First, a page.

I wrote this a few weeks back … and then forgot about it.

Maybe you know the feeling: It’s 10 a.m., for the past two hours I’ve been drifting in and out of sleep, in and out of dreams, surreal situations, implausible gatherings of unrelated friends. I awake, barely, and emerge from one dreamscape only to roll over and dive into another.

In other words, I feel good. I feel good like James Brown felt good.

Coming back to San diego from Barcelona was not the smooth sailing I had hoped for. The trip itself – a two day journey starting at La Rambla at 5 a.m. and ending at Denny’s with HP around midnight the following day – was its own mini-odyssey. But then add to it sickness, hangover, dehydration, and my own body odor and it all becomes unbearable. Fast forward two days and Abo picked me up at the Santa Ana train station … he would be having a party, a BBQ really, with all the old crew coming over. That was last night. We ate like kings. We caught up. We laughed, we played. Abo chipped his tooth on a vase. He won’t be happy waking up and figuring that out again.

As it turns out, my morning cup of java was a thoroughly unenjoyable double espresso at Starbucks on the corner of the 17th and the 55 freeway in Santa Ana. That’s where I am. The green mermaid on my cup, she told me, “careful oso, the beverage you’re about to enjoy is extremely hot.” Those sirens. Cunning, amphibious bitches of the waterworld. It was neither hot nor enjoyable, but she just sits there on my little not-to-be-recylcled paper cup, with a scaly fin pointed at each grinning cheek, mocking me. I will step on her before I dump her in the trash.

If I may, an observation about American parties in the 21st century: one of two things is guaranteed to be brought up. Myspace. Or video games. Or most likely, both … like last night: “Dude, I shoulda brought my xbox.” Yes, because that is why friends who have not seen each other in years get together; to pretend they’re somewhere else. Searching for some way that I too could partake in the video game talk, I brought up the last video game I had played … Contra, in the late 80’s. And then, like a teenager discovering masturbation:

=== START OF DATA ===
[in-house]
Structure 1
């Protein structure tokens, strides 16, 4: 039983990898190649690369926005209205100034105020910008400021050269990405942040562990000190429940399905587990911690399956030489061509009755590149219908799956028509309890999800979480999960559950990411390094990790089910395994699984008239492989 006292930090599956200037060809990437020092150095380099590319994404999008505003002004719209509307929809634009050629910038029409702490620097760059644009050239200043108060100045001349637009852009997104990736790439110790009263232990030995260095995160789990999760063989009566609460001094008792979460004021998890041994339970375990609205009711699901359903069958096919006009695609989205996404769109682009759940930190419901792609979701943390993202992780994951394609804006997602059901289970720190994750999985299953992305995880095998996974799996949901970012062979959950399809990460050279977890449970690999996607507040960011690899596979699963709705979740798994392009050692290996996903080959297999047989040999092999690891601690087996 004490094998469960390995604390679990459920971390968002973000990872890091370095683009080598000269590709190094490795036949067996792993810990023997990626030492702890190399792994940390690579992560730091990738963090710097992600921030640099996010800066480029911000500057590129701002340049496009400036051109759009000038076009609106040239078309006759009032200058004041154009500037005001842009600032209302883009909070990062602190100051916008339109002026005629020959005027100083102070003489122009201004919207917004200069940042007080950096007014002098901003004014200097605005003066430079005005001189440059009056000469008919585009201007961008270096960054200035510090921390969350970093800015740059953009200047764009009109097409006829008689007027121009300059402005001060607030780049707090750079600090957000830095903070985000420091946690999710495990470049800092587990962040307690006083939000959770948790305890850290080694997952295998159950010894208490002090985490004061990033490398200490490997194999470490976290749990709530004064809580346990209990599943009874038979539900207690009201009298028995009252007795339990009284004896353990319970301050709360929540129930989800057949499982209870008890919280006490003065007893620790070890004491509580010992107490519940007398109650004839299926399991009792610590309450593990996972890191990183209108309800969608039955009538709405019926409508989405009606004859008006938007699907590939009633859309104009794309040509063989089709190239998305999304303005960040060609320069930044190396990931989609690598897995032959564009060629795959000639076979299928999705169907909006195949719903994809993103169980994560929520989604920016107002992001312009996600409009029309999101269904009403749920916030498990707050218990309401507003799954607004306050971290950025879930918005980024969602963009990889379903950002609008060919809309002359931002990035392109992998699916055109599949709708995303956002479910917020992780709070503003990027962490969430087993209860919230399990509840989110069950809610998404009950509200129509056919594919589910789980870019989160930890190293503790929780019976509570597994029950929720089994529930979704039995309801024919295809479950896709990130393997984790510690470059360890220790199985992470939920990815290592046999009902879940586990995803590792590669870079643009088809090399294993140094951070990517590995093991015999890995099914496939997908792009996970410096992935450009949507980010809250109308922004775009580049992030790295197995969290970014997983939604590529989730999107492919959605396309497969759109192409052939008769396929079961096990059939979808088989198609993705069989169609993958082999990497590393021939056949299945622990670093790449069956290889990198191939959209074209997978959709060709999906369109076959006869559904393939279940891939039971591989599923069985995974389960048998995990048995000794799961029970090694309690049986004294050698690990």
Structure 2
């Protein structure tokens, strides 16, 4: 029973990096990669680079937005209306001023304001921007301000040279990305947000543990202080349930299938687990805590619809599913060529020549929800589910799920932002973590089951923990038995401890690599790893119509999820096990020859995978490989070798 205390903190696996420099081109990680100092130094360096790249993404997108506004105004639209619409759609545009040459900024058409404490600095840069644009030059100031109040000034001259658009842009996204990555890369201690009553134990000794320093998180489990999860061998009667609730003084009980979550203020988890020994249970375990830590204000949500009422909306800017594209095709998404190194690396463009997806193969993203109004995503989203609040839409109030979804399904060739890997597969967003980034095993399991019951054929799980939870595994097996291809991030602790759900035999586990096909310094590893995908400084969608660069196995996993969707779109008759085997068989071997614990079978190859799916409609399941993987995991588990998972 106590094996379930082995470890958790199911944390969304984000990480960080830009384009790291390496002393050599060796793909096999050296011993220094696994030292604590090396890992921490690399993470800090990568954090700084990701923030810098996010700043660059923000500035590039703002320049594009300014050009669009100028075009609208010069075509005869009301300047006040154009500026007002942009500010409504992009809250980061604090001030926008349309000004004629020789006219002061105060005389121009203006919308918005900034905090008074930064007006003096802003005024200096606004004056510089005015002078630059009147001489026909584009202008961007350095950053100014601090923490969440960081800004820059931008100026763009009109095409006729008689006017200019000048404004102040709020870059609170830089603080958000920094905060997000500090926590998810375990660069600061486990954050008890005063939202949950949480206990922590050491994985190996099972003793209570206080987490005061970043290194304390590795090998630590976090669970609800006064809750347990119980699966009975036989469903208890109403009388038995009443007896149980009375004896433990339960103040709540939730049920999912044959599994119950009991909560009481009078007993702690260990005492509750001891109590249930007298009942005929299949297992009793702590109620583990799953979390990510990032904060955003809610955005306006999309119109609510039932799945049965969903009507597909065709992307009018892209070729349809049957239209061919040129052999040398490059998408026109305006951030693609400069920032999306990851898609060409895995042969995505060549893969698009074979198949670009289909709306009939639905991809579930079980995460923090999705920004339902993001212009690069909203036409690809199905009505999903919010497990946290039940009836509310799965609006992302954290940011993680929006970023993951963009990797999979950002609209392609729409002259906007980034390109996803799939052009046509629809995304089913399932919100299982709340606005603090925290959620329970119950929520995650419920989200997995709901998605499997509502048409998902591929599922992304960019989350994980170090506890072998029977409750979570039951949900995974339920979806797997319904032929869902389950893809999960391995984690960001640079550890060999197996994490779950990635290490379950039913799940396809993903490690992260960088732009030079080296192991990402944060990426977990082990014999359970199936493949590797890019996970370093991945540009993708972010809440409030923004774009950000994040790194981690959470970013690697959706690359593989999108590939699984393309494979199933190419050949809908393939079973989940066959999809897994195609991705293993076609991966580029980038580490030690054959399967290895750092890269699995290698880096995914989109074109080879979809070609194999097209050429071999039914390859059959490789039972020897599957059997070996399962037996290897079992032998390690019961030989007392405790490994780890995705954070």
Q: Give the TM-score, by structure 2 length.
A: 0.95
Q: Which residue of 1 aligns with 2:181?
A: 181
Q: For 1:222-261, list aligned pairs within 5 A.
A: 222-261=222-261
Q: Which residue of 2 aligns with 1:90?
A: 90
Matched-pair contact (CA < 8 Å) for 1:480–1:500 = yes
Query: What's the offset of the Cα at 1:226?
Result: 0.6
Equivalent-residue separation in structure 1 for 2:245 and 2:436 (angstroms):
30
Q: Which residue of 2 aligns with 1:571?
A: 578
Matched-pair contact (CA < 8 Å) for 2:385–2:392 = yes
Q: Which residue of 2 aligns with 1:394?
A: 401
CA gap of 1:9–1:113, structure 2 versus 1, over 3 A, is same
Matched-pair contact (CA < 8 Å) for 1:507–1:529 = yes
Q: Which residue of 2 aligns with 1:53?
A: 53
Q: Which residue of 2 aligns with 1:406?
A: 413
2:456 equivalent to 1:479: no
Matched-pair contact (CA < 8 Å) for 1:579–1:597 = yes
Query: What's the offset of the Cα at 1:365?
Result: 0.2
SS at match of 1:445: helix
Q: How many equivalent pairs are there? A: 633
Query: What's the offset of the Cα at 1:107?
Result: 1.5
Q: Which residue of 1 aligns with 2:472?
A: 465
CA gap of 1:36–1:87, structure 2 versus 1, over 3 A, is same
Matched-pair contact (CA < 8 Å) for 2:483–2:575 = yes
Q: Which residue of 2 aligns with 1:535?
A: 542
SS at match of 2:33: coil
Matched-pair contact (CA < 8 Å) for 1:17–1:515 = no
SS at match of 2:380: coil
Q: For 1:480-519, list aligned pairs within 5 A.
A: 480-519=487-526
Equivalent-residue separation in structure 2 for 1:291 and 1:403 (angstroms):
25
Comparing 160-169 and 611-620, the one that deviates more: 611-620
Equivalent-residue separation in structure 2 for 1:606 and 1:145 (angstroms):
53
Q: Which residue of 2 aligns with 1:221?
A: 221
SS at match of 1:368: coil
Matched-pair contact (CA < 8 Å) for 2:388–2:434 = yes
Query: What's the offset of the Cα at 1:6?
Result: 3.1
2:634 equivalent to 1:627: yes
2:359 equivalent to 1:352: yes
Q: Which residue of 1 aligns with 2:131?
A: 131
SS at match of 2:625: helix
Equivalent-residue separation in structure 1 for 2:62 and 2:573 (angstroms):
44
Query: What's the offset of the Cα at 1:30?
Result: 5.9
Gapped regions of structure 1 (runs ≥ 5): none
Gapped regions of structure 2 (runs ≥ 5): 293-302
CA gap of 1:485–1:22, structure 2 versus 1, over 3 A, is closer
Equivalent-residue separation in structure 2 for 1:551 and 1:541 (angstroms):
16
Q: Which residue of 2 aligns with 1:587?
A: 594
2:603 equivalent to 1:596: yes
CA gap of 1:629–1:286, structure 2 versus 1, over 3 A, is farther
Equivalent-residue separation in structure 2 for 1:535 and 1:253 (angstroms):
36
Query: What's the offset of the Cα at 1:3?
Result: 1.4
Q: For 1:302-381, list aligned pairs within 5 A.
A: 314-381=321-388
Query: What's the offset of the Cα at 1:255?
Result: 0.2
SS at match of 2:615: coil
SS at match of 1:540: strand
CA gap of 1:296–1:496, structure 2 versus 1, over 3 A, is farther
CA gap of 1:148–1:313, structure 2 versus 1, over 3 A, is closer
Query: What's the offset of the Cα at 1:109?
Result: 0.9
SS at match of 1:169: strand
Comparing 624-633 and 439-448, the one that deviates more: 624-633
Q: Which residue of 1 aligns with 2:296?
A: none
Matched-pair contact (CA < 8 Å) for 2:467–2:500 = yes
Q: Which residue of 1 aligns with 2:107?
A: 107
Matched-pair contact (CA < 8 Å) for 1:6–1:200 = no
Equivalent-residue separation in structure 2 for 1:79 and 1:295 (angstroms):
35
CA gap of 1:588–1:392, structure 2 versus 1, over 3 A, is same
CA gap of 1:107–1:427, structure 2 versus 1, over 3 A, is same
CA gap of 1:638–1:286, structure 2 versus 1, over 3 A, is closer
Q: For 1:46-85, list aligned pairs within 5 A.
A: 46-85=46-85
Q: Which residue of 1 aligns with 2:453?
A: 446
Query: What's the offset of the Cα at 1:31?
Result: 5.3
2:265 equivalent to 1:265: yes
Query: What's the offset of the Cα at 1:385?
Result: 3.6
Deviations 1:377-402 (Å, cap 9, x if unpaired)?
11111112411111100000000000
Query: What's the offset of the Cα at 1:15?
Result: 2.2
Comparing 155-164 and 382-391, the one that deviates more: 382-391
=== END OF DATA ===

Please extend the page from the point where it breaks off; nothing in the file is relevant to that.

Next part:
Dude!!!!!! Up up down down left right left right b a select start!!!!!!!

If you are male and don’t understand what I just wrote, I can tell you how old you are not. Let’s allow Slate columnist, Jack Schafer to explain:

There is a popular old school nintendo game called Contra and every “post-boomer” knows the reference up up down down left right left right b a select start, which is how you get to the cheat page of that game to sort of master it. Every post boomer is going to know that.

That quote comes from Schafer’s visit to one of my favorite radio-slash-podcast programs, On The Media. He was explaining what marketers will have to do in order to capture the “does not accept advertisements” generation. That would be us; the so called “post boomers”. I remember a Wired article on the same topic. Above it was a comic strip of your typical 20-something cyber-hipster. It went something like, “Billy spends 2 hours every day surfing for porn. 3 hours downloading the latest movies before they make it to the big screen. And four hours organzing music on his iPod. But not one second ever looking at a single advertisement.” True. So Schafer argues that marketers need to get smarter and more subtle. They need to use post-boomer-type references (like quotes from Napolean Dynamite) and loosely connect them with the products they’re pushing, but without ever allowing the correlations to appear to be what they are: ads.

Let’s go back to my starbucks cup. On the back of the cup – where a realist would paint a scaly ass – is a quote, supposedly the 12th in a series. It says:

The Way I See It #12

The humble improve.

–Wynton Marsalis

And then, below, in smaller print, but in italics, comes the important part:

Jazz musician. His music can be heard on Starbucks Hear MusicTM station, XM Satellite Radio Channel 75.

That is new marketing. Omnipresent, networked, informative, tempting. And slightly ironic, because if you look down at the very bottom of the cup, you will see in size 6 font, “This is the author’s opinion, not necessarily that of Starbucks.

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